Another challenge of web exhibits is that two dimensional screen images can never fully capture the depth and texture of three dimensional museum objects. I don’t know yet if I’ll use any 3D artifacts for my exhibit this semester, but in my role as curatorial assistant to the Crossings & Dwellings Exhibition at LUMA in 2014, I took photos of several exhibit objects and used GIMP to try to pull these artifacts to the foreground of flat images. The effect is deliberately much more subtle than the collage above — I wanted the photos to remain naturalistic while spotlighting their primary subjects.
Simply by blurring the background a bit, adjusting the contrast, and using semi-transparient gradients to focus the lighting, I was able to make artifacts like a Gold Dalmatic acquired for Holy Family Parish in Chicago in the 1870s and a funeral cope at the Shrine of St. Ferdinand made by St. Rose Philippine Duchesne in about 1840 stand out more their from busy, colorful backgrounds.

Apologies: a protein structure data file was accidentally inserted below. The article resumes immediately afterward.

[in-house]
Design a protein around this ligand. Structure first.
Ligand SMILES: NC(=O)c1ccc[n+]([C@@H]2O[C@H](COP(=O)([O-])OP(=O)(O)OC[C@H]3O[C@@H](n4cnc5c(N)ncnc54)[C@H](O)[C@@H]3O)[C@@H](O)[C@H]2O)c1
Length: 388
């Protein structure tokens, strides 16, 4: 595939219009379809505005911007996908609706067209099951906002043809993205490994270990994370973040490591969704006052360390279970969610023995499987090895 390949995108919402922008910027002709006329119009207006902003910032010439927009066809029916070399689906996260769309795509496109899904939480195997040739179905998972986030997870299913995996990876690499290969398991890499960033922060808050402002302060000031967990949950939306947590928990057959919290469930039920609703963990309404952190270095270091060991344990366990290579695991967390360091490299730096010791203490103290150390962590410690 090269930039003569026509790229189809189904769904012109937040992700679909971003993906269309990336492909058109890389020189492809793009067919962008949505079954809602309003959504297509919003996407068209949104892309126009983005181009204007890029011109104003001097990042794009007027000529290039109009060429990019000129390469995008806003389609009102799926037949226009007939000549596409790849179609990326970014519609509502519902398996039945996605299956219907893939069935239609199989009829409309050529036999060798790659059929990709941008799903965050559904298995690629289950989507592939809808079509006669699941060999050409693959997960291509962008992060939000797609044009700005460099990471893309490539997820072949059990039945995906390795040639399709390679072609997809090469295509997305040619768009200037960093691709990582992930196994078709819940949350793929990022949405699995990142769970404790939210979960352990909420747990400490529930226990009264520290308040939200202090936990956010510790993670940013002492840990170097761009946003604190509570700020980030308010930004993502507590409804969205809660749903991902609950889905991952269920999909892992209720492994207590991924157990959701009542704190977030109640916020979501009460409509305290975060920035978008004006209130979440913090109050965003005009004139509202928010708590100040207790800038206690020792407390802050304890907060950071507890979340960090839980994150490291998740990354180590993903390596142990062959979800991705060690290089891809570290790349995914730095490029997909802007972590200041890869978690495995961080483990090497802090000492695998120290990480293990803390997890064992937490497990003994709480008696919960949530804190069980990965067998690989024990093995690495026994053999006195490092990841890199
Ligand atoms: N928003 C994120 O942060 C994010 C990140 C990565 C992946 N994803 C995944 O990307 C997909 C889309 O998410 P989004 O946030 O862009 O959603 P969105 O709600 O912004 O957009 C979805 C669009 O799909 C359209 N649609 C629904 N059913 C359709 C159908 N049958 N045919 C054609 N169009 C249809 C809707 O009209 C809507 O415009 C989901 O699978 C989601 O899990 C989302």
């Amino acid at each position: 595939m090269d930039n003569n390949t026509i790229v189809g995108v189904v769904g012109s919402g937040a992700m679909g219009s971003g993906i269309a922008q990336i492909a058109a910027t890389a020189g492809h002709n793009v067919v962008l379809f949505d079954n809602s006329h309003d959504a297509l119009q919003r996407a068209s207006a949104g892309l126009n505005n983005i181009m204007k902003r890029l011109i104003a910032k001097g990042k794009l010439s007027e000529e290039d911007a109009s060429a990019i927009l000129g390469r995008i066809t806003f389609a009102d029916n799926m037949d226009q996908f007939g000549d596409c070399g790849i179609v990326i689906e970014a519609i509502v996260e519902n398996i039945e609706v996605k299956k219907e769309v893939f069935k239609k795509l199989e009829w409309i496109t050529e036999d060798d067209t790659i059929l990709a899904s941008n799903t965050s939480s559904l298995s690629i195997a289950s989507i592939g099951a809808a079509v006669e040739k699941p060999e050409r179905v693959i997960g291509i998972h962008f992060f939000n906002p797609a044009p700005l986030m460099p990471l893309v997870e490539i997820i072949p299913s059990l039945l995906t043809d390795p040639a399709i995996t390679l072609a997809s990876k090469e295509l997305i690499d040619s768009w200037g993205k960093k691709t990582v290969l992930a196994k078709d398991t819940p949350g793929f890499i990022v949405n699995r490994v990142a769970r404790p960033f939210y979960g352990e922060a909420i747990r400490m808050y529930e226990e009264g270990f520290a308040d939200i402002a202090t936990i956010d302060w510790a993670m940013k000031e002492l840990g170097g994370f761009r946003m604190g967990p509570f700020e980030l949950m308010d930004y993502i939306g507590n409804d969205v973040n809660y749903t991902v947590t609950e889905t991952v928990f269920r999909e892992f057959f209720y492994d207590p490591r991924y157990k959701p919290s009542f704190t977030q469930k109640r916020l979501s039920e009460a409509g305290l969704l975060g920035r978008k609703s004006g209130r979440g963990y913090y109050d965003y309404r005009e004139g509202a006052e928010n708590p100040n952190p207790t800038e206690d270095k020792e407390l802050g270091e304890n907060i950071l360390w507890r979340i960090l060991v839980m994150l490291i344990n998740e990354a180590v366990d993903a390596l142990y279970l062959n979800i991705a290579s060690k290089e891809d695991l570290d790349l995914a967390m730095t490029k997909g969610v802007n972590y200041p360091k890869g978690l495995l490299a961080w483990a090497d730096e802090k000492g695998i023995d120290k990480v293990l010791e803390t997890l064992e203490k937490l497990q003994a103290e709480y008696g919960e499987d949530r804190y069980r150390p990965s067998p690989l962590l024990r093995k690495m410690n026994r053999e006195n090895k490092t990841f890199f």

Ideally effects like these would be achieved using equipment like a high aperture lens and diffusers to better control lighting while taking the photos. Still, GIMP made it possible to create workable substitutes using just a point-and-shoot camera. The resulting images, at least in my opinion, put a stronger aesthetic spotlight on the featured artifacts. Removing the background altogether, as in the following image of a Balopticon from Holy Family Parish, can have an even bolder impact. On the other hand, using the same tools in reverse could help draw out the background of an image if that were the aim. With digital image editors, there are many possibilities.
Last Thoughts on Software for Image Editing
Any of the examples above could be accomplished in both Photoshop and GIMP. So which tool is best?